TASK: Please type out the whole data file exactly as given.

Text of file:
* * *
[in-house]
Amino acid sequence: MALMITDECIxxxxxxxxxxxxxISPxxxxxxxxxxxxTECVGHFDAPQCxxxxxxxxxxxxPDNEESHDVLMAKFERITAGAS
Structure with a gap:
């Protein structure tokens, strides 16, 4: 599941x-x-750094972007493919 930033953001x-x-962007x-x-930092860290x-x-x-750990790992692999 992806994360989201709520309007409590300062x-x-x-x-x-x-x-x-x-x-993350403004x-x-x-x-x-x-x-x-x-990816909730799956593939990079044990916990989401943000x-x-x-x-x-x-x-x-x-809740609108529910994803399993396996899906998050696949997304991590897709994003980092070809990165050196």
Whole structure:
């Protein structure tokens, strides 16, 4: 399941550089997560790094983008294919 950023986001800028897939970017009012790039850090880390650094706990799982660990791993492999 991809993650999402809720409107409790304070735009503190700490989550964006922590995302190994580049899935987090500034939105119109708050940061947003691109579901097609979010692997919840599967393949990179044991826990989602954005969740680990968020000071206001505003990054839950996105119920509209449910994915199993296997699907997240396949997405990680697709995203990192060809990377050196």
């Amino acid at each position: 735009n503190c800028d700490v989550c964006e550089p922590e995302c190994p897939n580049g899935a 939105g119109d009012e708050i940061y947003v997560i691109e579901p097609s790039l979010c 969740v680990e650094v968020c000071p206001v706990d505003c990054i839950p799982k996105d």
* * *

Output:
[in-house]
Amino acid sequence: MALMITDECIxxxxxxxxxxxxxISPxxxxxxxxxxxxTECVGHFDAPQCxxxxxxxxxxxxPDNEESHDVLMAKFERITAGAS
Structure with a gap:
């Protein structure tokens, strides 16, 4: 599941x-x-750094972007493919 930033953001x-x-962007x-x-930092860290x-x-x-750990790992692999 992806994360989201709520309007409590300062x-x-x-x-x-x-x-x-x-x-993350403004x-x-x-x-x-x-x-x-x-990816909730799956593939990079044990916990989401943000x-x-x-x-x-x-x-x-x-809740609108529910994803399993396996899906998050696949997304991590897709994003980092070809990165050196």
Whole structure:
């Protein structure tokens, strides 16, 4: 399941550089997560790094983008294919 950023986001800028897939970017009012790039850090880390650094706990799982660990791993492999 991809993650999402809720409107409790304070735009503190700490989550964006922590995302190994580049899935987090500034939105119109708050940061947003691109579901097609979010692997919840599967393949990179044991826990989602954005969740680990968020000071206001505003990054839950996105119920509209449910994915199993296997699907997240396949997405990680697709995203990192060809990377050196």
């Amino acid at each position: 735009n503190c800028d700490v989550c964006e550089p922590e995302c190994p897939n580049g899935a 939105g119109d009012e708050i940061y947003v997560i691109e579901p097609s790039l979010c 969740v680990e650094v968020c000071p206001v706990d505003c990054i839950p799982k996105d």